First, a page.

This article is over 5 years old and may contain outdated information.


Resurgence of the whooping crane

From a low of just 14 migratory birds, the whooping crane is on the rise
  • Nov 30, 2013
  • 343 words
  • 2 minutes
Although its numbers were perilously low 70 year ago, the whooping crane has bounced back Expand Image

Grus americana
SARA status: Endangered
Weight: 6 to 7 kg
Wingspan: 2 m or more
Height: 1.5 m
Offspring: 2 eggs per year, usually 1 chick survives
Lifespan: 22 to 30 years

Expand Image
Map: Chris Brackley/Canadian Geographic. Whooping Crane data credit: current and historical range data based on COSEWIC assessment and status report on the whooping crane (Grus Americana) in Canada. COSEWIC, 2010.

Talk about an endangered species story to whoop about. The whooping crane once nested throughout the central and western part of the continent, but as people settled the Prairies in the early 1900s, they drained the marshes — “whooper” habitat — for their crops. In 1942, just 15 of the only migratory population remained, though they continued to winter in Texas and breed in a thenunknown location. By 1950, the world’s only other whooping crane, from a non-migratory Louisiana population, was taken into captivity.

Fortunately the tough times were about to change. Wood Buffalo National Park, the remaining flock’s breeding area, was founded in 1922, and their wintering grounds on the Gulf Coast of Texas were protected in 1937. Since 1994, whooping cranes have been protected in Canada under the Migratory Birds Convention Act.

Conservationists have boosted the whooping crane’s numbers by breeding the endangered species in captivity, but whoopers reared by humans often lack the skills necessary to survive in the wild. That’s where some conservationists have been creative. Canadian-born ornithologist George Archibald became a minor celebrity when he performed the whooping crane courtship dance to form a pair-bond with one human-imprinted bird. And Operation Migration, based in Ontario, uses ultralight aircraft to guide the cranes to new wintering grounds.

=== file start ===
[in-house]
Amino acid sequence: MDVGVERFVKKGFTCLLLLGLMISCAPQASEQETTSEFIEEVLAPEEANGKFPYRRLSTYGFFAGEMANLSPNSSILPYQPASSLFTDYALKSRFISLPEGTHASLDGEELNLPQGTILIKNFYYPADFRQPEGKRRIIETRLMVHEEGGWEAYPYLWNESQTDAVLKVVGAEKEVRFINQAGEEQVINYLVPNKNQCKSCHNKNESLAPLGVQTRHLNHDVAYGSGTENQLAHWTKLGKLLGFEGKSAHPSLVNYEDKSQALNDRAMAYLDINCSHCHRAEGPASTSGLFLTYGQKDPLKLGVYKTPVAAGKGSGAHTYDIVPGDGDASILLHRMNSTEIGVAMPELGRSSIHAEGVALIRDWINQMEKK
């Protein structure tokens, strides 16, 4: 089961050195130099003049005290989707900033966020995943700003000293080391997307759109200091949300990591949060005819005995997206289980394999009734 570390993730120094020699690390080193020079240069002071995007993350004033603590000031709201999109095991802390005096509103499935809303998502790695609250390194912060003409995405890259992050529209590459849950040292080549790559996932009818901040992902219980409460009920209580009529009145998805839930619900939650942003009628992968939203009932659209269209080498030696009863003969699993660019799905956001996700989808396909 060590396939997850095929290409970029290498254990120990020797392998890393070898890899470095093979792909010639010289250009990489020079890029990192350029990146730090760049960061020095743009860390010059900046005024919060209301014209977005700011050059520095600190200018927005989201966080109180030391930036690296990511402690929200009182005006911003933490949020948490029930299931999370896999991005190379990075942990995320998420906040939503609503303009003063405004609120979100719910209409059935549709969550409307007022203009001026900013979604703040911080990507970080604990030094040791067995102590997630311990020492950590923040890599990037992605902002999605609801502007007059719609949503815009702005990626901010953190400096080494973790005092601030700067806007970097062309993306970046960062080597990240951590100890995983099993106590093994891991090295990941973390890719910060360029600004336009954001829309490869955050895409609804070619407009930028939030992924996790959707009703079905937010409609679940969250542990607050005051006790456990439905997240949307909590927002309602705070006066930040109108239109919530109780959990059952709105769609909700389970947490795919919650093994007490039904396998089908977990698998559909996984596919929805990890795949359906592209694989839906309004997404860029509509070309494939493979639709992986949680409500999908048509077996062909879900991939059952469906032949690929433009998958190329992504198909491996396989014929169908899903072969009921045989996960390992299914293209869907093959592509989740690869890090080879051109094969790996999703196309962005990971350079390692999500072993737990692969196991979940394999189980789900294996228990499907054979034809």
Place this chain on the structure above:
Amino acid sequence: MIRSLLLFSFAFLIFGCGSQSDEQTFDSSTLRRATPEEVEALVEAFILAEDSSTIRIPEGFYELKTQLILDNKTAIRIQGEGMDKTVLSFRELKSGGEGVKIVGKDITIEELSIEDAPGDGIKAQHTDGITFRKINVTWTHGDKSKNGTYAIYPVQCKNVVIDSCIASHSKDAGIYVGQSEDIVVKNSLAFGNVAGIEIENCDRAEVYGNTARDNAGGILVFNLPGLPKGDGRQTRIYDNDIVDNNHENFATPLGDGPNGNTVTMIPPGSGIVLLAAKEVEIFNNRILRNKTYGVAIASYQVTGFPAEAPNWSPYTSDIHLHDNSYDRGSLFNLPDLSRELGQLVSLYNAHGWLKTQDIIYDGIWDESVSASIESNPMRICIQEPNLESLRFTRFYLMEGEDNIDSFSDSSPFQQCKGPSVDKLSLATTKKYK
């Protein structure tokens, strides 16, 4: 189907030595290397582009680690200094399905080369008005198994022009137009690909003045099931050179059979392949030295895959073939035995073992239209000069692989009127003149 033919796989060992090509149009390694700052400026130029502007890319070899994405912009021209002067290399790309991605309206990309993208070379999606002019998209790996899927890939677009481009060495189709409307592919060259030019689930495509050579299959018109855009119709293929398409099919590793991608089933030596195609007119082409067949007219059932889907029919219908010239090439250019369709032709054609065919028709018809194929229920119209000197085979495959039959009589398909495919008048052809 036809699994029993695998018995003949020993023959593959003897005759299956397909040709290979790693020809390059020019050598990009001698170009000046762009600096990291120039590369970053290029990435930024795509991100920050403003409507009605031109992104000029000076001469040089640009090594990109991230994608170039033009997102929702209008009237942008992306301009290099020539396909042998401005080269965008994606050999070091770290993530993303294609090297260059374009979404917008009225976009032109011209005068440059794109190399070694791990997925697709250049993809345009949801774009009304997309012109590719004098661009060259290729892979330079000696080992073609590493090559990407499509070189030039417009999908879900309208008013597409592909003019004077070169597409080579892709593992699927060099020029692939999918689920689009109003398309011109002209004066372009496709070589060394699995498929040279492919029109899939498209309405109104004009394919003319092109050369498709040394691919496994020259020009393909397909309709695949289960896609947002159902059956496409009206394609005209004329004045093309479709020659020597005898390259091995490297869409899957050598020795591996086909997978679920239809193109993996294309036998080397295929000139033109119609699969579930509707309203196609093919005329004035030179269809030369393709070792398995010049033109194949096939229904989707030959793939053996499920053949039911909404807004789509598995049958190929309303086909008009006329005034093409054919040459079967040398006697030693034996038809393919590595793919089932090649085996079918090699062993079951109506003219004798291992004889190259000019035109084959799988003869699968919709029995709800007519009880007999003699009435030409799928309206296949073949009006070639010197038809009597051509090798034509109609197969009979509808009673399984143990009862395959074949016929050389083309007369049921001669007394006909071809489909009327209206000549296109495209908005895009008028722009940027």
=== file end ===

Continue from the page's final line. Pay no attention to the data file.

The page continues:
With the world’s whooping crane population now at 498 birds, those efforts have clearly paid off. Though the species remains endangered, and the concentration of whooping cranes makes them susceptible to environmental and natural disasters, many conservationists consider the whooping crane the quintessential recovery story.

Learn more about the whooping crane:
Return to the wild

Expand Image

Are you passionate about Canadian geography?

You can support Canadian Geographic in 3 ways:

Related Content


A Saskatchewan road trip in search of whooping cranes

In the mid-20th century, the elusive birds numbered in the dozens. Thanks to decades of conservation efforts, they appear to be making a comeback. 

  • 1444 words
  • 6 minutes
illegal wildlife trade, elephant foot, ivory, biodiversity


The illegal wildlife trade is a biodiversity apocalypse

An estimated annual $175-billion business, the illegal trade in wildlife is the world’s fourth-largest criminal enterprise. It stands to radically alter the animal kingdom.

  • 3405 words
  • 14 minutes
A grizzly bear lies dead on the side of the road


Animal crossing: Reconnecting North America’s most important wildlife corridor

This past summer an ambitious wildlife under/overpass system broke ground in B.C. on a deadly stretch of highway just west of the Alberta border. Here’s how it happened.

  • 3625 words
  • 15 minutes


Do not disturb: Practicing ethical wildlife photography

Wildlife photographers on the thrill of the chase  — and the importance of setting ethical guidelines 

  • 2849 words
  • 12 minutes